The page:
One of the main reasons I went into this field is to be an advocate for students. Sometimes, being charged with holding students accountable to the student code seems incongruent with advocating for students, but I've always held that as central to how I approach student conduct work. This is especially true during a campus crisis. After the earthquake took place in Alaska, it became apparent that faculty, staff, and students were all on edge going into finals week that semester, and their experience with the earthquake, while varied, really took a toll on people. We noticed in our office that reports were down, and when meeting with the students who were referred, they had a lot of added stress and many of the students I met with talked about their experience with the earthquake. I felt that serving as an advocate for these students during this time was extremely important. One way I did that was to spend extra time building rapport and connection with the students I was meeting with before talking about the incident and offering support at the end of the meeting and making sure the student knew I was someone they could reach out to if they had questions or needed support. I've found this has been helpful during the COVID-19 crisis as well, because it is not as easy to build connections over video chat or over the phone, so I've found that it is important to put in more effort to check in with students about how their online class experience has been, if they need to know about any resources available to them, etc. It is more important than during normal operations to be an advocate for students in times of crisis because everyone on campus is under more pressure and stress when there are things happening that are mostly out of their control. I feel that conduct administrators are uniquely situated in times of crisis since they are asked to uphold community standards, but also have the responsibility to support students and uphold their rights.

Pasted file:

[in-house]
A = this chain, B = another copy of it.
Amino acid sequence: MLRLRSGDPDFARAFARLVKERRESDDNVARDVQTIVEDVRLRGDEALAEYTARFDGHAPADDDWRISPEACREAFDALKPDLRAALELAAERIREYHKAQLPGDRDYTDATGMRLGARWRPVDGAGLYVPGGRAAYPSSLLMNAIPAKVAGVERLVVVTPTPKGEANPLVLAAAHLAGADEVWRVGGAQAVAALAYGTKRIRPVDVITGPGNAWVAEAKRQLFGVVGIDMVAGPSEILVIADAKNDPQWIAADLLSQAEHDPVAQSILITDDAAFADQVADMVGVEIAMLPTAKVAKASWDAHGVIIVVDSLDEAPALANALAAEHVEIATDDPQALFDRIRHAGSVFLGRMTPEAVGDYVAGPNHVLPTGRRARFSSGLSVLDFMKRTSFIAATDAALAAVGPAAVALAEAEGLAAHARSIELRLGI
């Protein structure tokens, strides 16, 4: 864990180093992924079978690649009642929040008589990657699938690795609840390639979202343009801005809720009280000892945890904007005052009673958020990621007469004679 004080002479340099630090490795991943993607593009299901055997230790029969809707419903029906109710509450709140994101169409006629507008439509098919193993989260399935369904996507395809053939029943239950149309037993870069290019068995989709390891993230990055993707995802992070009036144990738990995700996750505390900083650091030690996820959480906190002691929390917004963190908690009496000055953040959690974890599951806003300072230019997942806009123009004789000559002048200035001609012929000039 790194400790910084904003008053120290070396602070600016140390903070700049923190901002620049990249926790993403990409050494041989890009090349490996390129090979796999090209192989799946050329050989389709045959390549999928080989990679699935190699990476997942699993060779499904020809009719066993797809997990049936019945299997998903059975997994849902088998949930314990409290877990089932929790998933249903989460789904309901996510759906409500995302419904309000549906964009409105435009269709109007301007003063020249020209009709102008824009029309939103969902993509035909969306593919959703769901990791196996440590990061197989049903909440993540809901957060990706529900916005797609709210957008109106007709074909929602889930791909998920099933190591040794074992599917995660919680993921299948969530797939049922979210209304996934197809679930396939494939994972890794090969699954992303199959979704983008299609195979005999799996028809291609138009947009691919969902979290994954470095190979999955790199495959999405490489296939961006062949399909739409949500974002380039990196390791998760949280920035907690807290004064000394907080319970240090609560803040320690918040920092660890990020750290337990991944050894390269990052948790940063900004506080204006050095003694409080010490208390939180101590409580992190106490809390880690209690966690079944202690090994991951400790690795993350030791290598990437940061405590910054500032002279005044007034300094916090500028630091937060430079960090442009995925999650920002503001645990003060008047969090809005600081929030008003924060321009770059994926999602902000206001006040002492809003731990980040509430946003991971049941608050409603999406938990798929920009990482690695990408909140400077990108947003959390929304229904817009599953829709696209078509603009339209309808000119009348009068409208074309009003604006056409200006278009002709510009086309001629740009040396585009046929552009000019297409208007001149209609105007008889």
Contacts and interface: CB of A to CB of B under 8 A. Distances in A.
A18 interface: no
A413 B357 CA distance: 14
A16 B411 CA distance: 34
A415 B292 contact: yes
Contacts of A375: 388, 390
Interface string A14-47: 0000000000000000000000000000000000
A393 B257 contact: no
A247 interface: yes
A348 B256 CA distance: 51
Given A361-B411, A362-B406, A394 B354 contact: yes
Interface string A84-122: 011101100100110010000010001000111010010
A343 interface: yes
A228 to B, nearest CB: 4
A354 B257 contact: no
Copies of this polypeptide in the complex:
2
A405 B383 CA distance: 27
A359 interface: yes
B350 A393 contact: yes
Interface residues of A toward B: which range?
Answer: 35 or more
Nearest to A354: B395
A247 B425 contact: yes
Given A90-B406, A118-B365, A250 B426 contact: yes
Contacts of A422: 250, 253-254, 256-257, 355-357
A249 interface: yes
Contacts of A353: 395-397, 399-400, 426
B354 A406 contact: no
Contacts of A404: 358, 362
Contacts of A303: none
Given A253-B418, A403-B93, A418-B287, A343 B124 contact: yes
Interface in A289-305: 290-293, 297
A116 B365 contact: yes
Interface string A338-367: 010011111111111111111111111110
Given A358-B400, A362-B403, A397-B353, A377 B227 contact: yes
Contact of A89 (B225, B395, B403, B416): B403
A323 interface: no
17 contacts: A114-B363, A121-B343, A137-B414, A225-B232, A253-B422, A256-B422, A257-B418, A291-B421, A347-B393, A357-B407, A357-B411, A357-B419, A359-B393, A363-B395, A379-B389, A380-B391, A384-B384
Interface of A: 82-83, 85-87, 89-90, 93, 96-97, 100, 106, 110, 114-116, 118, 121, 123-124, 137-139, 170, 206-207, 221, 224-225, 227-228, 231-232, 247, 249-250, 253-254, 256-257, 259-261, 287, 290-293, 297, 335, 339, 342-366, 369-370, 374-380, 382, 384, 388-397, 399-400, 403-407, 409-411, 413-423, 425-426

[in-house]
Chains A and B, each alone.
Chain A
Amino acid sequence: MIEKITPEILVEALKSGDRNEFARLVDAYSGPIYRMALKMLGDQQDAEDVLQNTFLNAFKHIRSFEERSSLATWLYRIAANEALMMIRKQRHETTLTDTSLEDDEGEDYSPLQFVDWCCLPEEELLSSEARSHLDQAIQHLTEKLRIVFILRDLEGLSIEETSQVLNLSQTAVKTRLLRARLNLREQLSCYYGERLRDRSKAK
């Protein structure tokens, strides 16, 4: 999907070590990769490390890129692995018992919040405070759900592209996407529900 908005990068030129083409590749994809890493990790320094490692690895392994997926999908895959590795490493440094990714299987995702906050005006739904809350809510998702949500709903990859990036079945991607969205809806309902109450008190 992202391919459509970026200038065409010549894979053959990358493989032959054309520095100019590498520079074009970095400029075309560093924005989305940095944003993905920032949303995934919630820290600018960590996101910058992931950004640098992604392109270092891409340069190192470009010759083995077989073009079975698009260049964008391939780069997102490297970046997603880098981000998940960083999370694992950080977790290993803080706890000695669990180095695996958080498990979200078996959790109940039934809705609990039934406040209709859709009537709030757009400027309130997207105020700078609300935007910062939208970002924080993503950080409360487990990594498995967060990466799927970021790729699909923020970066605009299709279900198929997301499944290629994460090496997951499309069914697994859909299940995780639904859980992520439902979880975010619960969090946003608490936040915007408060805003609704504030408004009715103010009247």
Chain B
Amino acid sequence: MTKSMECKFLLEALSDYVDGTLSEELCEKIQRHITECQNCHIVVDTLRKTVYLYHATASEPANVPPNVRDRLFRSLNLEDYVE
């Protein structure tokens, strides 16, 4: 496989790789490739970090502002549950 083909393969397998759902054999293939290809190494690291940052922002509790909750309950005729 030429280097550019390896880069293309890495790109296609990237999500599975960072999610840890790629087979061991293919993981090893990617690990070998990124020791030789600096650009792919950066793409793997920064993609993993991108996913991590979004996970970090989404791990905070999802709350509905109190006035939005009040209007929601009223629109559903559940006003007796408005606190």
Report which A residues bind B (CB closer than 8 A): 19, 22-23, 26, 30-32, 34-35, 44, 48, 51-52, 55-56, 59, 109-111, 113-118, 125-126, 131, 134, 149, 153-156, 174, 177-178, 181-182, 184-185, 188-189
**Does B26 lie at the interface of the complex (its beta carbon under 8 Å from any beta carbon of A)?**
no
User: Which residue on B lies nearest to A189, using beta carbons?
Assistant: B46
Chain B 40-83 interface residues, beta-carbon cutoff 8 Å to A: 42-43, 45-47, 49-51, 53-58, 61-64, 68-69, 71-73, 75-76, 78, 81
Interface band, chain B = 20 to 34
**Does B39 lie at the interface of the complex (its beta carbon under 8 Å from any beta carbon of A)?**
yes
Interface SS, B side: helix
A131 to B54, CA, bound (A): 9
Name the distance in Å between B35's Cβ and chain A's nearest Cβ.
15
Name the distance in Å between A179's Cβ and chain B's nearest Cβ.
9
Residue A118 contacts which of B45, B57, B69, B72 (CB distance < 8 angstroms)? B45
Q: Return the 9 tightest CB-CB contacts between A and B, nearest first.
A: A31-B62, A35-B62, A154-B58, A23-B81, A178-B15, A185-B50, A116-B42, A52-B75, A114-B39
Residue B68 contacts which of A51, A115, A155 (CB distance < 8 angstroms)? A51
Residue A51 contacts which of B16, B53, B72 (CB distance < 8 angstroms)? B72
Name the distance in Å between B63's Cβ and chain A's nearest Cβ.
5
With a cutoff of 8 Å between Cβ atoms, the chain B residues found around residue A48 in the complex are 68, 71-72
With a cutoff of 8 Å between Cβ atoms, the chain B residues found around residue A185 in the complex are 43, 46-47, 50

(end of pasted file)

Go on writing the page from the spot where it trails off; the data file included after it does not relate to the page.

Along with being an advocate for students, giving students and the others around you grace is very important during times of crisis. As I mentioned before, crises cause people to feel a lot of stress and helplessness since there is so much that is out of your control. It is important to recognize that the students you work with and your colleagues have greatly varied experiences and deal with stress differently. During times of crisis, it is important to be ready to work with students and colleagues that are feeling a lot of emotions, and it can be expected that those around you might not be at their best. I've found that giving people grace, especially during those of crisis, is very important in helping people feel supported and heard. Giving grace, to students in particular, can be a balancing act for those working in student conduct since the role of holding students accountable to the code can get in the way of that to some degree. I feel that it is still possible to show students grace and hold them accountable, and I do this by spending extra time hearing the student out, trying to validate their experience, and explain the conduct process and outcome to the best of my ability. Being empathetic and giving grace can go a long way in helping students feel heeled, and that is even more important during a crisis. I also think grace should extend to yourself because during times of crisis, it's understandable that you can't always be at your best, and it's important to forgive yourself for that. There can be a lot of pressure during times of crisis, but it's more important than ever to be kind to yourself and those around you.